Keith Loveys


Keith won the following: Gold Cup in 1975, 4-Star Teams in 1976,1977 & 1978, and the Crockfords Cup in 1977

An Appreciation by Warwick Pitch, September 2003

Keith Loveys

Keith joined the Young Chelsea shortly after we moved to these premises in 1976. It was a time when the standard of bridge here was first beginning to impact on the London bridge scene. Many of the newcomers had recently come down from Cambridge and Keith was one of them. However, unlike the others, he had already made a name for himself by winning the Gold Cup in 1975 partnering David Greenwood. The other team members were Nicola Smith, Michael Dilks, Keith Stanley, and Irving Gordon. 

It didn’t take long for him to make his mark at the club. He won the 24-hour Marathon in 1978 and 1979 in a threesome with Andrew Thompson and John Reardon. In this period he also won Crockfords Cup, and with Reardon, Thompson, and Alan Woo the Brighton Teams in three successive years. He also received an invite with Greenwood to the prestigious Sunday Times tournament. They did not shine but the small field of players were all world class.

He never won the Spring Foursomes but I personally recall being part of a huge gallery of spectators at Eastbourne when the team he was in defeated Terence Reese. After the last card was played he said to the great man, “That’s your  lot, mate!” This was typical Keith.

I have no doubt that Keith could have represented Great Britain in the European Championships had he so desired. But it would have involved a level of commitment and a degree of discipline which he would not have relished.

And so in the last twenty or so years he played most of his bridge at the club with his friends in a congenial atmosphere which ideally suited his laid-back temperament. He formed a longstanding partnership with his great friend Paul (Pablo) Casselle, and after many attempts they eventually won the Marathon in the year 2000. The winning margin after 165 boards was 1.8 matchpoints but it was a very popular win because Keith’s finances had never recovered when he lost his job in the recession of the early nineties.

Apart from bridge Keith was also a great quiz person. He was a leading light at the club’s monthly quiz evening and had also appeared on a television quiz show. Unfortunately he was too nervous to do well. He also had a passion for most board games and regularly patronised games weekends in various parts of the country. He also produced a monthly games bulletin for enthusiasts in the UK and abroad.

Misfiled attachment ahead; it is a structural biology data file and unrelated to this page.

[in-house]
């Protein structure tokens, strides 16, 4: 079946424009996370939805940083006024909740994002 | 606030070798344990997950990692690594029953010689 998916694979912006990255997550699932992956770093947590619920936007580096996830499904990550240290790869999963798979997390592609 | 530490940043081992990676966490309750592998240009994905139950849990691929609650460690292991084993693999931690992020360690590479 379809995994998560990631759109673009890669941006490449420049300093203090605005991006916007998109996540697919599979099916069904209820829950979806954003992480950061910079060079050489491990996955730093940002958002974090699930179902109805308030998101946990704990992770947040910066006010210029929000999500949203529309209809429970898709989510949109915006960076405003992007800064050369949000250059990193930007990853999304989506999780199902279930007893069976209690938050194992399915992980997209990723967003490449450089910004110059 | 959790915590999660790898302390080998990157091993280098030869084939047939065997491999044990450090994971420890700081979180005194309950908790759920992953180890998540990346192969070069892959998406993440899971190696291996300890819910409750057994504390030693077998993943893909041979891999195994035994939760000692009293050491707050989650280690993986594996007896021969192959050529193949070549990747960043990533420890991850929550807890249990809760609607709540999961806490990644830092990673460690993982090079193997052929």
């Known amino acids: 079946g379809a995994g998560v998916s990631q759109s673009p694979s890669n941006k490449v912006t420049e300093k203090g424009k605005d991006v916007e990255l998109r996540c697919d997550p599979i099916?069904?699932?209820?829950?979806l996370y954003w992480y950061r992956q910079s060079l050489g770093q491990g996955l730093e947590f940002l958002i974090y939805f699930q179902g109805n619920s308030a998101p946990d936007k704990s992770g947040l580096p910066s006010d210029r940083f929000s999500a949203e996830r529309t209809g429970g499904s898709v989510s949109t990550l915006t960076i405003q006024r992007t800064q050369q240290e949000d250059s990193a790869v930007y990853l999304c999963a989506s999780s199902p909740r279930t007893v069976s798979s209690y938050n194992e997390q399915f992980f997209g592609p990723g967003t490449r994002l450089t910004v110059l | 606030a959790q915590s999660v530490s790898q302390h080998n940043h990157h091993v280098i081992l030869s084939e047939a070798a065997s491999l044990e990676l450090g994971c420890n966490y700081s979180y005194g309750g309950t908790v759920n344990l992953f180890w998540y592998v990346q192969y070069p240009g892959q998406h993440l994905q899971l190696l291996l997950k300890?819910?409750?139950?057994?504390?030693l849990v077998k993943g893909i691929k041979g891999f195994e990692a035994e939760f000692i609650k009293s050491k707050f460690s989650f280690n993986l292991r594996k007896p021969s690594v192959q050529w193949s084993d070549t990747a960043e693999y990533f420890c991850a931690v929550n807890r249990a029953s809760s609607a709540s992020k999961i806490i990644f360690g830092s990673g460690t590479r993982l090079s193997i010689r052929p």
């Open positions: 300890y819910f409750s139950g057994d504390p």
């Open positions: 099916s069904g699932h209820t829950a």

For the last sixteen years he lived at the club in a small room at the top of the house. He died in tragic circumstances on 22 August 2003 a week after his 54th birthday.

Barry Rigal, writing from New York, adds:

Keith and I were ten years or so apart in age and quite different in temperament, but over the passage of time I can think of few players who have left me with such a favourable impression as Keith.

In 1975/6 round about the time the club moved to Barkston Gardens I was just about to go to Oxford, I had nine months available to focus on Bridge, and at the time I knew very few good players—and even fewer of them would have been prepared to admit they knew me!

I used regularly to turn up at the YC, occasionally having fixed a game with Ian Gardiner—another tragic recent loss to the club—or perhaps with Jon Livesey or Peter Donovan, but more often than not I would not have a regular date.

Keith would be at the bar, generally available for a game, and indeed over the course of the next five years I would guess we played 50 times or so. In the course of that period nothing ever remotely approaching a cross word escaped his lips despite the terrible things I did. Some of those were sins of omission, some of commission—I was an imaginative and not unsuccessful psycher in those days, and first in hand was “the man’s position” but Keith let me have my way without a word of criticism. After the game, particularly on Friday night he and I and Frank To would often play random card games and again the skill with which he picked up any new game was an indication of his talent,
not just at Bridge.

During the years I lived in London I was frequently in awe of his knowledge of trivia and often wondered how a man of his ability could be happy to live as quietly and unambitiously as he did. Indeed it often occurred to me to wonder whether a player with his gifts could not have gone so much further if he had been able to harness his energy. But if he had done so he would not have been Keith. We all tolerated his casual approach to life because it made him the easy-going friendly cooperative person we all knew and liked so much.